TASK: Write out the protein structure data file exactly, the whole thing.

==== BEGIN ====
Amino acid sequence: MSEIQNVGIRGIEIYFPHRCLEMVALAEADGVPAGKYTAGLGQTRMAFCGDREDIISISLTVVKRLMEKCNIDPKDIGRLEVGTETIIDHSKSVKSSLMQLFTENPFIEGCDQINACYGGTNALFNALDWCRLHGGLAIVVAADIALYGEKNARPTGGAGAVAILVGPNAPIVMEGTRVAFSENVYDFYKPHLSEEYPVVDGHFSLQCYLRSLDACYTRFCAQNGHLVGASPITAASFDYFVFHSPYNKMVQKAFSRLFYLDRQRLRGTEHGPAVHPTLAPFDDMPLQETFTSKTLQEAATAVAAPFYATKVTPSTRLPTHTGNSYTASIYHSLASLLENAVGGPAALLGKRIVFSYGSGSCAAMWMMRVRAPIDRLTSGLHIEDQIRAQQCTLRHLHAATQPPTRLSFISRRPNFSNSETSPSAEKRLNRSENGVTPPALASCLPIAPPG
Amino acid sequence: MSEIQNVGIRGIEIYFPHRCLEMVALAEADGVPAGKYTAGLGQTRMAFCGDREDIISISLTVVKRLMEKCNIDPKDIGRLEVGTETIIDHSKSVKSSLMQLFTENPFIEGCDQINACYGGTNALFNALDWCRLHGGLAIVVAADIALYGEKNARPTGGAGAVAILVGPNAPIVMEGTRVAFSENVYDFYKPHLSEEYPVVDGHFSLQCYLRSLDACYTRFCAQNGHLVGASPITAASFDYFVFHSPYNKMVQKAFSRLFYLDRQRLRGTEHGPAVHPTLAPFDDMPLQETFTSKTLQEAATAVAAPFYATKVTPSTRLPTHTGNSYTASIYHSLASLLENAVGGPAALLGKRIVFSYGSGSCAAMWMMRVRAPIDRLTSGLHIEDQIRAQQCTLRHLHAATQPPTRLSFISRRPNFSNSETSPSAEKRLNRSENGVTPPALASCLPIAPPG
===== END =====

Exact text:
Amino acid sequence: MSEIQNVGIRGIEIYFPHRCLEMVALAEADGVPAGKYTAGLGQTRMAFCGDREDIISISLTVVKRLMEKCNIDPKDIGRLEVGTETIIDHSKSVKSSLMQLFTENPFIEGCDQINACYGGTNALFNALDWCRLHGGLAIVVAADIALYGEKNARPTGGAGAVAILVGPNAPIVMEGTRVAFSENVYDFYKPHLSEEYPVVDGHFSLQCYLRSLDACYTRFCAQNGHLVGASPITAASFDYFVFHSPYNKMVQKAFSRLFYLDRQRLRGTEHGPAVHPTLAPFDDMPLQETFTSKTLQEAATAVAAPFYATKVTPSTRLPTHTGNSYTASIYHSLASLLENAVGGPAALLGKRIVFSYGSGSCAAMWMMRVRAPIDRLTSGLHIEDQIRAQQCTLRHLHAATQPPTRLSFISRRPNFSNSETSPSAEKRLNRSENGVTPPALASCLPIAPPG
Amino acid sequence: MSEIQNVGIRGIEIYFPHRCLEMVALAEADGVPAGKYTAGLGQTRMAFCGDREDIISISLTVVKRLMEKCNIDPKDIGRLEVGTETIIDHSKSVKSSLMQLFTENPFIEGCDQINACYGGTNALFNALDWCRLHGGLAIVVAADIALYGEKNARPTGGAGAVAILVGPNAPIVMEGTRVAFSENVYDFYKPHLSEEYPVVDGHFSLQCYLRSLDACYTRFCAQNGHLVGASPITAASFDYFVFHSPYNKMVQKAFSRLFYLDRQRLRGTEHGPAVHPTLAPFDDMPLQETFTSKTLQEAATAVAAPFYATKVTPSTRLPTHTGNSYTASIYHSLASLLENAVGGPAALLGKRIVFSYGSGSCAAMWMMRVRAPIDRLTSGLHIEDQIRAQQCTLRHLHAATQPPTRLSFISRRPNFSNSETSPSAEKRLNRSENGVTPPALASCLPIAPPG